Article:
Tekah Tekah, 2022
Size: 45” x 35”
Fabric & cyanotype
Led by Afghan American artist Gazelle Samizay and Iranian artist Katayoun Bahrami, the Tekah Tekah Project (Dari: “Piece by Piece”) was a community textile art project designed to connect Afghan and Mensa artists with women from the Afghan refugee community to explore creative art forms such as embroidery, textile painting, cyanotypes, quilt-making, and visual storytelling.
Tekah Tekah was designed as a new way to ease some of the difficulties and obstacles felt throughout the pandemic such as isolation, loss of community, depression, and anxiety, through engagement in art making. Engagement in art activities has been shown to have a number of stabilizing effects on an individual: reducing feelings of distress; increasing self-reflection and self-awareness; and altering behavioral and thought patterns.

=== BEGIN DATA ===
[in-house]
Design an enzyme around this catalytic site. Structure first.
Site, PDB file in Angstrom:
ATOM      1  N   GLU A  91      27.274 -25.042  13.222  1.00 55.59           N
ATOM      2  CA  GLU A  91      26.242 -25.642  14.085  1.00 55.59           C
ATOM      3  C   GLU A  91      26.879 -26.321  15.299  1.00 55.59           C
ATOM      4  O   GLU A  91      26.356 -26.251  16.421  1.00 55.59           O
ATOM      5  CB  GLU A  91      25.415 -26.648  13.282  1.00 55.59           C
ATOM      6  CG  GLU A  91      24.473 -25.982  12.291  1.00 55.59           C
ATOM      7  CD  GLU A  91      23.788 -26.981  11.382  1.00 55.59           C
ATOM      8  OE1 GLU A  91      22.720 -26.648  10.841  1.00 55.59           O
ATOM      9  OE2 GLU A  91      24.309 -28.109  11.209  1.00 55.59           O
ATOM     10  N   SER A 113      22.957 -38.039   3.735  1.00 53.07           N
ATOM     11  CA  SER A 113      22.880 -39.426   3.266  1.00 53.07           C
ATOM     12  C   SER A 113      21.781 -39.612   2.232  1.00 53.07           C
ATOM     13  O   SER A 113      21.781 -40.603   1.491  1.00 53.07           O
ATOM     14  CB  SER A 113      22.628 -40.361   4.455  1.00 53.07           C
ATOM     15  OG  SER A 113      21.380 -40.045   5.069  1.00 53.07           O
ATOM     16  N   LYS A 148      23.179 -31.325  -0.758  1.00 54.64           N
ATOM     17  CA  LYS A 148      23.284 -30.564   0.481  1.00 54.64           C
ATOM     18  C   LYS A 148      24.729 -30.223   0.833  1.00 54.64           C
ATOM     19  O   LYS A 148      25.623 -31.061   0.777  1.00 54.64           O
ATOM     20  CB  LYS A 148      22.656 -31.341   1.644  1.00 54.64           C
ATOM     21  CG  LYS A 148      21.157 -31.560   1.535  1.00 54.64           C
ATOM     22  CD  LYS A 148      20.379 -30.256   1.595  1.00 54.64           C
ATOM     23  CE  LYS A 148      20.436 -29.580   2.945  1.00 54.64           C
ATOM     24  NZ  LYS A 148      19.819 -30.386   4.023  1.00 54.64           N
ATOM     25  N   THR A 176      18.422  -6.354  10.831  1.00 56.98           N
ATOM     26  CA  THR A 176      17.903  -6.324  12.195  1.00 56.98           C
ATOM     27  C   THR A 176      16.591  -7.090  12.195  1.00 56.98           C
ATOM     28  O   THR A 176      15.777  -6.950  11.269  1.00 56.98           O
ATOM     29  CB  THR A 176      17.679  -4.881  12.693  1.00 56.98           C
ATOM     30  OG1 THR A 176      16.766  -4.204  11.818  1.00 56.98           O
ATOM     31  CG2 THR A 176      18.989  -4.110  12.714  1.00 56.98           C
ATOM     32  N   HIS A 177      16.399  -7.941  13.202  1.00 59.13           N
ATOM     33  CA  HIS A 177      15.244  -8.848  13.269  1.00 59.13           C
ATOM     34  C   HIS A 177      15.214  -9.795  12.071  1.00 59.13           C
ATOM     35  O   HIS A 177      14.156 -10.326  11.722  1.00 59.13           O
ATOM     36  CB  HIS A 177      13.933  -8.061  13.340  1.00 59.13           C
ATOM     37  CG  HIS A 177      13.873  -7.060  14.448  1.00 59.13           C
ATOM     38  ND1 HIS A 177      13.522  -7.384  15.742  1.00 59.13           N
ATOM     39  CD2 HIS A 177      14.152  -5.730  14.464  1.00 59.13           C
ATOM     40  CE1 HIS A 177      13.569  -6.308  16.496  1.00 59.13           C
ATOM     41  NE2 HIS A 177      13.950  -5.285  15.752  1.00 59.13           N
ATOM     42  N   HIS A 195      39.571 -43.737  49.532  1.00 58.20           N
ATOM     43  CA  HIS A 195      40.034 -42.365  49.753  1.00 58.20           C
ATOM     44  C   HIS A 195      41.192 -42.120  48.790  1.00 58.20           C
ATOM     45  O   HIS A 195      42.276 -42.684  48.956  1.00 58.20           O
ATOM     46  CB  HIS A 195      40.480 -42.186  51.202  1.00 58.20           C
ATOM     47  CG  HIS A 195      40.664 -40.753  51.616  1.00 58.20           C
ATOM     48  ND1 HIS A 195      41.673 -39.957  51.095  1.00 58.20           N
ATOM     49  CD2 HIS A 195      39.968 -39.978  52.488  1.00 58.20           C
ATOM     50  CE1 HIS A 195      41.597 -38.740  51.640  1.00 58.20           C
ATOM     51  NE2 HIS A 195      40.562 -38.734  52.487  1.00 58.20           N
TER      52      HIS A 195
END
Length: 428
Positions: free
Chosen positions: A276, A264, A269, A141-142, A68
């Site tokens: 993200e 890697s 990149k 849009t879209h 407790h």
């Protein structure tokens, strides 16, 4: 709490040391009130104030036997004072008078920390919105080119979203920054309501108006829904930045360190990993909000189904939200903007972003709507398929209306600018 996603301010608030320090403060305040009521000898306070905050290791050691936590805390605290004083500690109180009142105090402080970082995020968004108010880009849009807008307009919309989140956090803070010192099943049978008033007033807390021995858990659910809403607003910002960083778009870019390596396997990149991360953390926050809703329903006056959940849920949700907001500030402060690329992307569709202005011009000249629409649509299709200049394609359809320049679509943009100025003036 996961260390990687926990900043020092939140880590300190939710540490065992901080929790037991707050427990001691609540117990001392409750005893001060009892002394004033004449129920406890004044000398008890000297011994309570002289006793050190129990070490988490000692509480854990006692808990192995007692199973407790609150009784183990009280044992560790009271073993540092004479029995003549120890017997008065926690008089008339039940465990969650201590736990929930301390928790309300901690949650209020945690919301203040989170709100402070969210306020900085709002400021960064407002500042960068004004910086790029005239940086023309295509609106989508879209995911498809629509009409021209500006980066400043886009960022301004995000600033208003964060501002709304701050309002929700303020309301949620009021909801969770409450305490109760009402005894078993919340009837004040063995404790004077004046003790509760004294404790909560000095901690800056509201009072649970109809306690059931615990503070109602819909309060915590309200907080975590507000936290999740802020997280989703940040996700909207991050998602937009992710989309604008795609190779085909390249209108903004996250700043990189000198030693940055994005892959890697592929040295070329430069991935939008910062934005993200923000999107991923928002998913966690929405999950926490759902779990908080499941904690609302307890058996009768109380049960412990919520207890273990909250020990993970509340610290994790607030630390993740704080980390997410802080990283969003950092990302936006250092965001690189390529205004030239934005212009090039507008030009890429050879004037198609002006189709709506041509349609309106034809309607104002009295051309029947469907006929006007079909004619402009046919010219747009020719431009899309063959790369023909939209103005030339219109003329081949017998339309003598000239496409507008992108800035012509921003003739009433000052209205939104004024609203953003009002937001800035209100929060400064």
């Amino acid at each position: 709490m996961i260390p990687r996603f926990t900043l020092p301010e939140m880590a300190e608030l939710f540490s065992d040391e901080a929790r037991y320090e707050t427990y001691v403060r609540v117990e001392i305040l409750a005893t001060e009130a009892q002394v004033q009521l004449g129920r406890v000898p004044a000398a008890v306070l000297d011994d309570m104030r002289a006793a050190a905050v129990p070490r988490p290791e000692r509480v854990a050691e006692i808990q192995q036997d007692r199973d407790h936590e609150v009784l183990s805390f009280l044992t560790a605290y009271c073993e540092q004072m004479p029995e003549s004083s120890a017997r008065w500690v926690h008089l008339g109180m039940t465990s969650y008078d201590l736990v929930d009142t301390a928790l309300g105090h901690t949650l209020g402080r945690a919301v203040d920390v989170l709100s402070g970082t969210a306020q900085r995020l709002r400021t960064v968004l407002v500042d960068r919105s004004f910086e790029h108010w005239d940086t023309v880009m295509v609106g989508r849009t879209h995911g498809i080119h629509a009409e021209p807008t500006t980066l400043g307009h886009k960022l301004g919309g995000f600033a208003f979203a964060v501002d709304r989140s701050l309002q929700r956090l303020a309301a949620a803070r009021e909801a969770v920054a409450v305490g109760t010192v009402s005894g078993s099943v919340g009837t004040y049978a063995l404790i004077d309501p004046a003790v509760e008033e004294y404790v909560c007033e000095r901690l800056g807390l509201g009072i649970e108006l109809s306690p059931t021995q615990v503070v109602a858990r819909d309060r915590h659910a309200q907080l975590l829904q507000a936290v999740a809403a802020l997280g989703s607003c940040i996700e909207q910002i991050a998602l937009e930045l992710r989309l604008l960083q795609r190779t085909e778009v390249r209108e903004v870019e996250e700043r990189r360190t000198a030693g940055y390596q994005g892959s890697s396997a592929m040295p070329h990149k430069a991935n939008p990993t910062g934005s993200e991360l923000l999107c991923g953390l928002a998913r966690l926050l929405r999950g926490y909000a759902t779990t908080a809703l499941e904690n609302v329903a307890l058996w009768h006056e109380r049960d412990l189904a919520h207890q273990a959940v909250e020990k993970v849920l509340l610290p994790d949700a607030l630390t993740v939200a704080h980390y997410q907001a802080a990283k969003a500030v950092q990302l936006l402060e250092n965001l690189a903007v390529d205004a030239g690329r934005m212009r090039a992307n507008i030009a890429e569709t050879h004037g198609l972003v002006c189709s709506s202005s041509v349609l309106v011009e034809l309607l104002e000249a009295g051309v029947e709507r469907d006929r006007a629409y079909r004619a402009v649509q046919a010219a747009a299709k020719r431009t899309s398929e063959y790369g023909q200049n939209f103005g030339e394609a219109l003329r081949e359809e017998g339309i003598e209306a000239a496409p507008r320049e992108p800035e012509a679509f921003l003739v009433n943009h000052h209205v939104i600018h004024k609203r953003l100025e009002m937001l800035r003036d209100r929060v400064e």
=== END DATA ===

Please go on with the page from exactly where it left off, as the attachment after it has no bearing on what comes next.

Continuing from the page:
Quilt close ups
Back side of the quilt
During the program, 10 Afghan women came together for 2 hours on a monthly basis for 4 months to create art, learn new skills and forget about their worries. As a result of the monthly series the women have created a collaborative quilt. Each square of the quilt showcases what each woman values in her life.
Both individual and collaborative artwork were explored with the artists guiding individual art projects alongside a group quilt-making project created throughout the workshop series.
The events provided a safe and welcoming space for Afghan participants to connect with their new communities, and have their stories heard and connected with.
This program was made possible with the support from
California Arts Council